MIF has been considered an inflammatory mediator which plays a key role in inflammation and immune regulation. It can inhibit macrophage migration, promote macrophage and T lymphocyte infiltration in the inflammatory response, aggregation, proliferation and activation and enhances adhesion and phagocytosis capability. It can also promote the generation of a variety of inflammatory cytokines, including IL-1, IL-6, IL-8, MCP-1, TNF-α, IFN-γ, COX-2, and matrix metalloproteinase contributing to the development of inflammation. MIF is also implicated in lupus, psoriasis, pityriasis rosea, contact dermatitis, systemic scleroderma, cancer, chronic nephritis, coronary sclerosis and other inflammatory and autoimmune diseases. It has been reported that the expression level of MIF is up-regulated in psoriasis lesions as demonstrated by immunohistochemistry, western blot and RT-PCR methods [16]. Shimizu et al. found that the MIF levels were elevated in the serum and peripheral blood mononuclear cells of patients with psoriasis vulgaris [17,18].

It has also been proposed that the infiltration of mononuclear cells such as T lymphocytes increased in psoriasis lesions leading to increased MIF levels which in turn promote immune disorders, persistent inflammation and keratinocyte proliferation. Our experimental results showed that MIF and its downstream regulatory factor, COX-2, was significantly higher than control for both mRNA and protein levels. Thus, we conclude that keratinocytes and endothelial cells released by MIF may play an important role in the inflammatory response in psoriasis.

We also did correlational analysis of HIF-1α, MIF, COX-2 and VEGF in psoriasis lesions and found a positive correlation between the four genes. It has been reported that hypoxia can induce HIF-1α expression and stabilize HIF-1α protein, causing the up-regulation of downstream factors including COX-2, VEGF, inducible nitric oxide synthase (iNOS), matrix metalloproteinase-2 (MMP-2) glucose transporter protein-1/-3 (GLUT-1/-3), erythropoietin (EPO) and insulin-like growth factor-2 (IGF-2). This leads to inflammation, angiogenesis, cell apoptosis, proliferation, promoting erythropoiesis regulating oxygen transport, energy metabolism and other reactions.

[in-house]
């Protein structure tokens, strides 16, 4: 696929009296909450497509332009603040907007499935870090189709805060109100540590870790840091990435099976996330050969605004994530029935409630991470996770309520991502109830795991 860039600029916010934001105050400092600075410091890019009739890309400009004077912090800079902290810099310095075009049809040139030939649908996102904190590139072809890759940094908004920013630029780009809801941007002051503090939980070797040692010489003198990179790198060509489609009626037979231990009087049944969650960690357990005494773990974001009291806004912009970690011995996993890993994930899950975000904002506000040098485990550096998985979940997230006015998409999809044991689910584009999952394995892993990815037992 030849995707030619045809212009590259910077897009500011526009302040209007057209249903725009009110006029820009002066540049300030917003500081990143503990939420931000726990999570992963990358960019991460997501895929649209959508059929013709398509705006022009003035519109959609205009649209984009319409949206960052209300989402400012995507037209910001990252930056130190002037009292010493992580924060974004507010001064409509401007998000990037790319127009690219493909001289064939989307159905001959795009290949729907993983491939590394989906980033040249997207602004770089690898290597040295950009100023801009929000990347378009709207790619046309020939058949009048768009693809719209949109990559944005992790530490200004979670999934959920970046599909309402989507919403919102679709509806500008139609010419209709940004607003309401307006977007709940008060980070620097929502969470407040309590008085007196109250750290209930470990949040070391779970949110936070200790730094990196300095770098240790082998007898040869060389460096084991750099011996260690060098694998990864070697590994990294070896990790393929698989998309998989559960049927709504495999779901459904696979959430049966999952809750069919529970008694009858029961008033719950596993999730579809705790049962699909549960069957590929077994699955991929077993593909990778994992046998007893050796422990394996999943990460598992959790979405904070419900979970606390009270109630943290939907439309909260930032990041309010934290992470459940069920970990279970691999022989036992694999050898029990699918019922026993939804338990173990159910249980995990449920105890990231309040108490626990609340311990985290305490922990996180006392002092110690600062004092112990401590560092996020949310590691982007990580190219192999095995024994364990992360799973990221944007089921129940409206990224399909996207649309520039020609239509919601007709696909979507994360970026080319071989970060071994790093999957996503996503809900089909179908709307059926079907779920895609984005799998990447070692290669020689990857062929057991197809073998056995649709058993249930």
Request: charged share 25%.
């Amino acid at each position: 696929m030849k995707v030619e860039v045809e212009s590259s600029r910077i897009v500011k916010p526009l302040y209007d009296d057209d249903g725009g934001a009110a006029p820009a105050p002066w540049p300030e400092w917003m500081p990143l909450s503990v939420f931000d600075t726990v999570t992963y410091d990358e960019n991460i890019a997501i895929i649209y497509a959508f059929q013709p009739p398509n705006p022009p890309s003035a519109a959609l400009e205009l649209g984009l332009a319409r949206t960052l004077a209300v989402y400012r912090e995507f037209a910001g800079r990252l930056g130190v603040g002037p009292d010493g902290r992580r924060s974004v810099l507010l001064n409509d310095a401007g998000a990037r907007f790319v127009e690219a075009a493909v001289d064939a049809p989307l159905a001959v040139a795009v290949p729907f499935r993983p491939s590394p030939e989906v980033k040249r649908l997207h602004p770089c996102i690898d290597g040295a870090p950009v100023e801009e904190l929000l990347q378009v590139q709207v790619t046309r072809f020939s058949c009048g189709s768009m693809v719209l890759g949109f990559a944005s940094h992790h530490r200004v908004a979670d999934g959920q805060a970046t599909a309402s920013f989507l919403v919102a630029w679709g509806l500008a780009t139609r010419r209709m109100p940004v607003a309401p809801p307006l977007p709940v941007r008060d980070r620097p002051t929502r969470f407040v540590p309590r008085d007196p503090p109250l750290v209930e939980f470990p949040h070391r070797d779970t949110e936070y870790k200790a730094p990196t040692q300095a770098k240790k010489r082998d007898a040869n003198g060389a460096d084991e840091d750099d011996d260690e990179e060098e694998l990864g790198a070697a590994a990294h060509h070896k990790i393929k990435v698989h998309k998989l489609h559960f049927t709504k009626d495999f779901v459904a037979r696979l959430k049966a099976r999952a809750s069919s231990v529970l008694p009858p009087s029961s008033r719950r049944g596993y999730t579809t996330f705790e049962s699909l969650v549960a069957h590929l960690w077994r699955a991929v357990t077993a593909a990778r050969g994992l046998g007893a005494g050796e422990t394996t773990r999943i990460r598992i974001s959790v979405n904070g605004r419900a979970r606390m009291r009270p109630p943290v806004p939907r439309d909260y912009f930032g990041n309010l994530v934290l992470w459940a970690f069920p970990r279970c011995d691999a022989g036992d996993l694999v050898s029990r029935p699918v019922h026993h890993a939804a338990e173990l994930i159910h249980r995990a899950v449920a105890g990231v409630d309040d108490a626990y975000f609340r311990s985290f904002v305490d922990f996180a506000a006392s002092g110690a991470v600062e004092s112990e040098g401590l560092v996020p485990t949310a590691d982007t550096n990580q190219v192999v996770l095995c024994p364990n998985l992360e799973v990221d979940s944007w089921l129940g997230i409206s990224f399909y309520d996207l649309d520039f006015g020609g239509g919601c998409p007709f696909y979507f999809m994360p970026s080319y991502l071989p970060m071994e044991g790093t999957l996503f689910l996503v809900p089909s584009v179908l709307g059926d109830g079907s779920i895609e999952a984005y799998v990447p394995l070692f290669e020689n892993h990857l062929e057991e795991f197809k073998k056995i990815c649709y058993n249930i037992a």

Studies have found that MIF can induce human dermal microvascular endothelial cell migration and tube formation in vitro, which is similar to the function of Bfgf [19]. MIF was expressed significantly higher in tumor cells, and its mRNA level has a strong positive correlation with VEGF mRNA level [20]. Studies have found that during the period of psoriasis vulgaris, the expression of MIF and VEGF are positively correlated indicating that both genes may play important roles in the occurrence and development of psoriasis. There may exist a positive regulatory relationship between the two genes which may promote the secretion of either genes leading to vascular endothelial cell proliferation, angiogenesis and cell infiltration at psoriasis lesions, promoting the development of psoriasis. However, the mechanism for the interaction between these two factors still needs to be studied in further depth. Kyzas et al have found that the expression of COX-2is related to VEGF expression where the over-expression of COX-2 can promote angiogenesis by stimulating VEGF up-regulation in head and neck squamous cell carcinoma [21]. It has also been reported that COX-2 and VEGF are highly expressed in gastric cancer and prostate cancer, and their expression was significantly correlated [22,23]. Our results showed that the expression of COX-2 and VEGF are positively correlated, leading to the speculation that COX-2 stimulates VEGF expression to play an important role in psoriasis angiogenesis and inflammation. In psoriasis lesions, the expression of MIF and COX-2 were positively correlated indicating that MIF and COX-2 may have a synergistic effect in psoriasis lesions. MIF as a pro-inflammatory cytokine may induce the expression of COX-2 however the mechanism of the interaction still needs further in-depth studies. HIF-1α can induce the downstream expression of the COX-2 and VEGF gene. It has also been proven that the stability of HIF-1α is related to MIF as a MIF knock out can lead to the destabilization of HIF-1α under hypoxic induction. Further MIF transcription is directly affected by HIF-1α found that an excess of MIF improved the stability of hypoxia-induced HIF-1α, and HIF-1α combines with HRE to promote the expression of the downstream gene involved in promoting the process of cell proliferation and angiogenesis, together with MIF [24-26]. While hypoxiainduced VEGF expression increases in the context of overexpression of MIF, in the MIF knock-out background, its expression is significantly reduced.

References